It’s hard to get across just how important this man is in just a few sentences, but it must be done. Mati Klarwein was the man literally responsible for every great, legendary record cover you’ll see — if he didn’t do it, he inspired it. A student of a Jerusalem art school at the age of 15, Mati began incorporating his spiritual beliefs into the images he was creating of the mountainous landscape he felt such affinity with. Brief spells in Paris, Mallorca and St.Tropez cemented his style and he soon became legendary for the trippy, erotic scenes he was able to produce unlike anyone else. Timothy Leary (who loved drugs) once said of Mati that he was one of the only artists at the time who “didn’t need psychedelics.”
Just as free love started to kick off, Mati became the go-to man for record sleeves, portraits and murals, some of which you could probably look at for 100 years and still not get tired of. His ability to capture an entire era in these wild, flowing images (he was friends with Salvador Dali) is something that puts him right up there with Hendrix and John Bonham and the hundreds of others that helped make the 1960s and 70s so immortally iconic.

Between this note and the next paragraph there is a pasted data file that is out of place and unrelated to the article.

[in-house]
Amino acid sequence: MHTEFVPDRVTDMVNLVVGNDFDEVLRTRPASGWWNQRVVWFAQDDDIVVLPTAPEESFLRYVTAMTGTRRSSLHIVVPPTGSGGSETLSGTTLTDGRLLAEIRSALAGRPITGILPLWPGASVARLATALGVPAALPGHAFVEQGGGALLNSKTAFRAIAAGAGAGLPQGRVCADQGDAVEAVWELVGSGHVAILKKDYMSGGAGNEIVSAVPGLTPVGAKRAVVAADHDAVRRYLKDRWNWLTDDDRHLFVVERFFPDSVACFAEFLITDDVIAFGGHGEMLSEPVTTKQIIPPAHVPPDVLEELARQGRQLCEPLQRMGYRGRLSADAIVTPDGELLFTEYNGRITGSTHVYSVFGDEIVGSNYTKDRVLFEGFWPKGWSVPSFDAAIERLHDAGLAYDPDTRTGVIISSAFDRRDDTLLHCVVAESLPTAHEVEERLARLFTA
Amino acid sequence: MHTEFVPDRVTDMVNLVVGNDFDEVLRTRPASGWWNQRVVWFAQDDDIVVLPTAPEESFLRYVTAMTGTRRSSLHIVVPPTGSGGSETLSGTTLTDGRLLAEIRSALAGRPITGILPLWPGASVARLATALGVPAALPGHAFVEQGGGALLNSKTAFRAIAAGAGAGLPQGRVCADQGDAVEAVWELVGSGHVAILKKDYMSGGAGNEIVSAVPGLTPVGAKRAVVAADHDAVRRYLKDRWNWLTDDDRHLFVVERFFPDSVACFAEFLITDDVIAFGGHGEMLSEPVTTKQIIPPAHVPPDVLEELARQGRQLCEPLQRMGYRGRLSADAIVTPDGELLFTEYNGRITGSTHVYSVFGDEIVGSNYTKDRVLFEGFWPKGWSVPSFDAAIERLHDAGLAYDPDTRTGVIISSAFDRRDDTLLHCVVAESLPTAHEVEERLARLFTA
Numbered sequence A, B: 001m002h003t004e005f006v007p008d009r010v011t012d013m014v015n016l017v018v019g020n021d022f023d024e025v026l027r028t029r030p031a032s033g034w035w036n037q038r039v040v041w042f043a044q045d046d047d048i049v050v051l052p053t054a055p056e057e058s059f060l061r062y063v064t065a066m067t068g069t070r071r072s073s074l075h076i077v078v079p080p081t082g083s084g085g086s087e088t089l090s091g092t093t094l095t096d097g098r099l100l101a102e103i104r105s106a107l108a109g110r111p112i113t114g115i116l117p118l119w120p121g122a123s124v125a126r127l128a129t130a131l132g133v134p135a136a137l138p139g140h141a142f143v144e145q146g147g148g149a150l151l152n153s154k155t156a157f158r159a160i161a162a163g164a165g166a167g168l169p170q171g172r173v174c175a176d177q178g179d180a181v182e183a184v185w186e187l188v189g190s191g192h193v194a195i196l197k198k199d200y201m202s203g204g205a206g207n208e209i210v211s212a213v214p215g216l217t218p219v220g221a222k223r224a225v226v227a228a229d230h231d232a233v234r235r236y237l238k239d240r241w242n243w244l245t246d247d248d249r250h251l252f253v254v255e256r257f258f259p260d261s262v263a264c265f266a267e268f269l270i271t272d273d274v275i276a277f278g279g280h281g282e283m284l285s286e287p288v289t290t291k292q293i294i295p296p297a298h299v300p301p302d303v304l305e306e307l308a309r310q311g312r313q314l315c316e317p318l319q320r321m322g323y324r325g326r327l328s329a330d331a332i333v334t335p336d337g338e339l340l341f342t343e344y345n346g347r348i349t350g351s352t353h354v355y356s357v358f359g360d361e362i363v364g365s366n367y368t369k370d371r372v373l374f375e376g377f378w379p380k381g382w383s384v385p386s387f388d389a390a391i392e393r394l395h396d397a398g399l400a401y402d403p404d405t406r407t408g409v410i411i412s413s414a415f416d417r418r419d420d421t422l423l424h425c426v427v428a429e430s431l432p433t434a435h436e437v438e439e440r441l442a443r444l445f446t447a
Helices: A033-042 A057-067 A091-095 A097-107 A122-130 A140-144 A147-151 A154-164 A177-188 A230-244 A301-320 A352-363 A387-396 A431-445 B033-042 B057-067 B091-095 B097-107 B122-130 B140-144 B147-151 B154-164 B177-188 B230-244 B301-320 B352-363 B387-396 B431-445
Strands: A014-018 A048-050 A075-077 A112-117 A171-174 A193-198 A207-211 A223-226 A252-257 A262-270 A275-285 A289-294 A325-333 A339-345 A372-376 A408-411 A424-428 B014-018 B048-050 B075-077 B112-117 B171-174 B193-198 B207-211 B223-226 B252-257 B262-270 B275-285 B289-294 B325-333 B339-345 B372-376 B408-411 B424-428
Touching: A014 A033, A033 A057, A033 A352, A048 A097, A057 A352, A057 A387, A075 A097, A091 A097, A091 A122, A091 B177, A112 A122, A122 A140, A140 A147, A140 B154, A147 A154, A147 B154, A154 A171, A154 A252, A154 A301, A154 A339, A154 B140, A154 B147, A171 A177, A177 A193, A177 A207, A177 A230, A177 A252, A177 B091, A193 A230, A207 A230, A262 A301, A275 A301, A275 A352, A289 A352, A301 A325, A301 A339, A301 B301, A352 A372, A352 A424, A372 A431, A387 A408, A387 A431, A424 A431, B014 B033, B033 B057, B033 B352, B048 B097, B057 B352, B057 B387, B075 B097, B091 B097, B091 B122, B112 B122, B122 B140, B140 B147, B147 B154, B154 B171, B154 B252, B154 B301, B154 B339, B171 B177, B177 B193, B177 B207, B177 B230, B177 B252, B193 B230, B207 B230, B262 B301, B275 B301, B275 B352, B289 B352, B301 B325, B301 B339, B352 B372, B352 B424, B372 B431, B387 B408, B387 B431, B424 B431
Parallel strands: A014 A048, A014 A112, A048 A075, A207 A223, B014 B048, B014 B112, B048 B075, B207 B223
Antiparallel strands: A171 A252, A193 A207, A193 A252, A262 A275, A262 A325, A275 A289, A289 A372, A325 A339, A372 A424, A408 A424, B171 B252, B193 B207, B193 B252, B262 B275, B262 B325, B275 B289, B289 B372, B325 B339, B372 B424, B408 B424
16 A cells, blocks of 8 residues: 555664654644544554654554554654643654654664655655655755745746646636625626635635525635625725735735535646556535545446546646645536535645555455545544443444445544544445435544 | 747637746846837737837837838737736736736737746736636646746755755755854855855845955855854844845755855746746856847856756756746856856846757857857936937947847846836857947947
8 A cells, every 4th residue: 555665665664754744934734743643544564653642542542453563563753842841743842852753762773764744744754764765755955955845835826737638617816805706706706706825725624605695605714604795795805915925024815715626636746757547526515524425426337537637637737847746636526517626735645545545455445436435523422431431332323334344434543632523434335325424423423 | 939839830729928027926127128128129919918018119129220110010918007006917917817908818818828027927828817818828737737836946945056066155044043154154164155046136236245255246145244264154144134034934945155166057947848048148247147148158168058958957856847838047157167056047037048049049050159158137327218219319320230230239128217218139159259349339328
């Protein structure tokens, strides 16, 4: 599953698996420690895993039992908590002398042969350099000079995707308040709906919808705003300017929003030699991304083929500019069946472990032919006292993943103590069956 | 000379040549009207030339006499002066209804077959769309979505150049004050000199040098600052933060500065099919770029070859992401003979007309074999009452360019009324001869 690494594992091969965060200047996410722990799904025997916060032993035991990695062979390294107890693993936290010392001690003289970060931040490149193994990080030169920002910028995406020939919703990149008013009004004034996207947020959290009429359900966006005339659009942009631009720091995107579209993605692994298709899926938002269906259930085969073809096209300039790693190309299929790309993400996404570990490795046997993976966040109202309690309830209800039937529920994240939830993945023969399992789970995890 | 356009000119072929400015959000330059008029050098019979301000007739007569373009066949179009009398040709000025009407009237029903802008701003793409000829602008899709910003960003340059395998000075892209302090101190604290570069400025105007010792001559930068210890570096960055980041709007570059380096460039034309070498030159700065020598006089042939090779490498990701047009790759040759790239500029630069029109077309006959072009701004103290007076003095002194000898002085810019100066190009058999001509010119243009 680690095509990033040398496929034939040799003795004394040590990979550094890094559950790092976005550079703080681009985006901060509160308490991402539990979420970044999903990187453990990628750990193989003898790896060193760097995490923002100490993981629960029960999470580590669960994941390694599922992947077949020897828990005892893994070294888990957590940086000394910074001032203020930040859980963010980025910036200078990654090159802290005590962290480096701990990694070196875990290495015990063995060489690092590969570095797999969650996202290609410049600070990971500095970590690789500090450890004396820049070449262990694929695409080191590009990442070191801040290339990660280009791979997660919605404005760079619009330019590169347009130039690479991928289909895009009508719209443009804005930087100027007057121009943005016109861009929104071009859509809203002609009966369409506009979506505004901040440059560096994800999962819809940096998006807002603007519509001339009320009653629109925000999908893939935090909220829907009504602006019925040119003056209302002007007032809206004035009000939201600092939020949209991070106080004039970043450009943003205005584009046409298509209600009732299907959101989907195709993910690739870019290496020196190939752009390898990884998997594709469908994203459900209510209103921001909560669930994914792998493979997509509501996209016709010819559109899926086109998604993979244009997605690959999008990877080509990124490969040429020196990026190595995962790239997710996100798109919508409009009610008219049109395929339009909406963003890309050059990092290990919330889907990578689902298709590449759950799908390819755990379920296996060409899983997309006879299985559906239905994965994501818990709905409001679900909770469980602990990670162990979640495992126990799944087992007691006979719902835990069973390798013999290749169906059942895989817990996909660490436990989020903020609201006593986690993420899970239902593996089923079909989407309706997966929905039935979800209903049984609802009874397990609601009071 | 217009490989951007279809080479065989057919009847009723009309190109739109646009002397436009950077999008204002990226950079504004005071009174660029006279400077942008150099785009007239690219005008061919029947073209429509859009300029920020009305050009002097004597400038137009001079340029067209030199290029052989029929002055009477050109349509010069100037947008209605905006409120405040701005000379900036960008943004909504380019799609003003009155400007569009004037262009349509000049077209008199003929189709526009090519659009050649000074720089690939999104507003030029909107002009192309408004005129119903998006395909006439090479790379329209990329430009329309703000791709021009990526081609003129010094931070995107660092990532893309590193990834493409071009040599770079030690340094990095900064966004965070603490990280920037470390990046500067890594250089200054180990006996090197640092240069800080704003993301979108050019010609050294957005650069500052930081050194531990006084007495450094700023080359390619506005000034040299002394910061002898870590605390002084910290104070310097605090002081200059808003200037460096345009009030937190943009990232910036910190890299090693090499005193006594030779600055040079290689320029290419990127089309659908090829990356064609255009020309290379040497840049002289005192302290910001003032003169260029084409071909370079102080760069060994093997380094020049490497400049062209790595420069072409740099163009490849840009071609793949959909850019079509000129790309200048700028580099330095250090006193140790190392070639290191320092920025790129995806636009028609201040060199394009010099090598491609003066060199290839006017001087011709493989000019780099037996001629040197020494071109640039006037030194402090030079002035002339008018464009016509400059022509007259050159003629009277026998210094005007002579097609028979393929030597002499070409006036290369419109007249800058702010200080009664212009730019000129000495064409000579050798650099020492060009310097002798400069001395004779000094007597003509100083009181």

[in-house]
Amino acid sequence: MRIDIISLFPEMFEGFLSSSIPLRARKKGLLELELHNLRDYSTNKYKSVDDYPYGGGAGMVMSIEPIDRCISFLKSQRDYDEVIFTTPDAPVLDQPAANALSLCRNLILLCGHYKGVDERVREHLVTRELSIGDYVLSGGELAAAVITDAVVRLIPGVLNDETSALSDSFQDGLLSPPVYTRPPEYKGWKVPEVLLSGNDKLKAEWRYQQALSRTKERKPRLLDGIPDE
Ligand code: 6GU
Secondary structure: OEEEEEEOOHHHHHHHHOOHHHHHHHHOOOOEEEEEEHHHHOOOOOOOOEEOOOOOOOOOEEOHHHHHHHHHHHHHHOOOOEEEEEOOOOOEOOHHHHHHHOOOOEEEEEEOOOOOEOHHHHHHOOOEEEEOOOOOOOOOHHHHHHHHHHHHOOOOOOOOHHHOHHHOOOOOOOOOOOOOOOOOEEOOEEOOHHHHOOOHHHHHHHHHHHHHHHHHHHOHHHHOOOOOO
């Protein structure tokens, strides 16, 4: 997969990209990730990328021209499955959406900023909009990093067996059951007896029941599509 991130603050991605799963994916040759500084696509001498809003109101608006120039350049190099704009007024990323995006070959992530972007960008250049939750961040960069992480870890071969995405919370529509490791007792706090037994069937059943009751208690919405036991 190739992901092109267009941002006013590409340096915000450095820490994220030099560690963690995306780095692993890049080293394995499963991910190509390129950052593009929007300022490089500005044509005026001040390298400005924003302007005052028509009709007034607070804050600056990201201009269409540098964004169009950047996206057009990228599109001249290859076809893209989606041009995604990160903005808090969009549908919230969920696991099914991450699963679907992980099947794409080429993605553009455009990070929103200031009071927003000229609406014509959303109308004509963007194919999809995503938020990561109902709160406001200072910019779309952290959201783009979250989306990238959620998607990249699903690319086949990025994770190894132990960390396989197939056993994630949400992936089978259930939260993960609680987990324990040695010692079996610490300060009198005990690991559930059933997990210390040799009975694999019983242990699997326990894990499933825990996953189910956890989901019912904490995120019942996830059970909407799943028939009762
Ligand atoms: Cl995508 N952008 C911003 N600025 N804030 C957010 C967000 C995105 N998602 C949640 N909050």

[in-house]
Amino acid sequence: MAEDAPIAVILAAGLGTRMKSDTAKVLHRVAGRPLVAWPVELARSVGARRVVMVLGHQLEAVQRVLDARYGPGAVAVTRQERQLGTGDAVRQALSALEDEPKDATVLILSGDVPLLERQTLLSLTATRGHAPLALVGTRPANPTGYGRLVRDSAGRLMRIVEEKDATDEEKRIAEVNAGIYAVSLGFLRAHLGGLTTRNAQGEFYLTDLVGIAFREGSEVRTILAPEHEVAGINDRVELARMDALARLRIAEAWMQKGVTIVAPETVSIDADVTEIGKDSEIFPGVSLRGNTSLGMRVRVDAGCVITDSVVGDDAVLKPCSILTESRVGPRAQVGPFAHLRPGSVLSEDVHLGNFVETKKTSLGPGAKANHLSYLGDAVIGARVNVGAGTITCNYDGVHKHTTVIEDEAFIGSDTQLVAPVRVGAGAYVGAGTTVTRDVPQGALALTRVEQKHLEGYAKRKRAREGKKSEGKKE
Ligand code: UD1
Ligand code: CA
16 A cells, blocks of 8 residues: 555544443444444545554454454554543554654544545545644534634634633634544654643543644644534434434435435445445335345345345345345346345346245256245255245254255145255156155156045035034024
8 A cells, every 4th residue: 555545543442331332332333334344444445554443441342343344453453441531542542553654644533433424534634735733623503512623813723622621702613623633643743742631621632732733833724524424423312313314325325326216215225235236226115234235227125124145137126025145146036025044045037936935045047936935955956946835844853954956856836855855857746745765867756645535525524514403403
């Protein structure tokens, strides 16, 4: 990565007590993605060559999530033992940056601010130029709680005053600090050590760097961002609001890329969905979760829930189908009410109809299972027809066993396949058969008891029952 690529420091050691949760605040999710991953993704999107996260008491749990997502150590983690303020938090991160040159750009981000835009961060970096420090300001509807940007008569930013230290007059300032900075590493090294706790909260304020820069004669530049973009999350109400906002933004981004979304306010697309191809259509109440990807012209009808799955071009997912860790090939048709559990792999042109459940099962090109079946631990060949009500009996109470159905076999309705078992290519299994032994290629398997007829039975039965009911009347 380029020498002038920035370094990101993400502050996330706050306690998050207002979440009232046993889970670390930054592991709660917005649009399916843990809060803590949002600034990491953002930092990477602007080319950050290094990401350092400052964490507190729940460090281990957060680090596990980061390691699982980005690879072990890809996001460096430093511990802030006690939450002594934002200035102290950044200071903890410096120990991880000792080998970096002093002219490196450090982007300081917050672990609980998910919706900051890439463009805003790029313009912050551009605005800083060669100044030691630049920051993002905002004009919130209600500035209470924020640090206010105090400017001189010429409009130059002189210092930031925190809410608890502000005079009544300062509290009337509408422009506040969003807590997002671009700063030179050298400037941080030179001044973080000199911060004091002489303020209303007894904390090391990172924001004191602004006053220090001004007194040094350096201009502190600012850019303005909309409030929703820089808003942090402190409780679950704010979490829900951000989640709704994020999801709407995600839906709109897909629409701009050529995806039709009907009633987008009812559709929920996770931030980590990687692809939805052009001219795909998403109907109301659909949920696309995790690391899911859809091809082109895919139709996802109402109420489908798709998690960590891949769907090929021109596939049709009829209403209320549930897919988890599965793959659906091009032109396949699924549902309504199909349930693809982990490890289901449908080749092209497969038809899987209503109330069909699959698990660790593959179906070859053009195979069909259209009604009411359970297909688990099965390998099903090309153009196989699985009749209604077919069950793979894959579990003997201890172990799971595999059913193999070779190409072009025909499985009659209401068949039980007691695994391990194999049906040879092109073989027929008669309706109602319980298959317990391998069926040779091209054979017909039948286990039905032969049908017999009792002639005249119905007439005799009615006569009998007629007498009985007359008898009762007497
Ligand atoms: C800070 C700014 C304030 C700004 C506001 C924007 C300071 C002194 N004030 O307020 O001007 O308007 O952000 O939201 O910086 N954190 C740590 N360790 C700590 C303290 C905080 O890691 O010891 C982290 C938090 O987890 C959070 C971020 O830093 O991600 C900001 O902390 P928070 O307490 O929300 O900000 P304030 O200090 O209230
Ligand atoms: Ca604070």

- Artist Howard Fonda captures the vibrancy of summer for Ace & Tate
- Robbie Simon, the jack of all trades and the master of them too
- Mattis Dovier’s weird and wonderful 8-bit dot animation for XXX’s music video
- Jessica Lehrman's photographic document of social revolution, Black Lives Matter and Occupy Wall Street
- Zoe Kao and Huang Wun-Siang find inspiration in the uncertainty of the design process
- Documenting the world in motion: Lauren Tamaki’s illustrations of modern life
- Benedict Redgrove’s beautifully hypnotic film about how a tennis ball is created
- Tommy Cash subverts the tropes of rap videos with a fleshy celebration of the human body (NSFW)
- Ian Davis’ picturesque paintings of bureaucratic dystopia
- Is it ever OK to work for free?
- Pentagram unveils refresh of Mastercard’s brand mark and identity
- Peter Saville and Tate Design Studio create beer can artwork for Switch House pale ale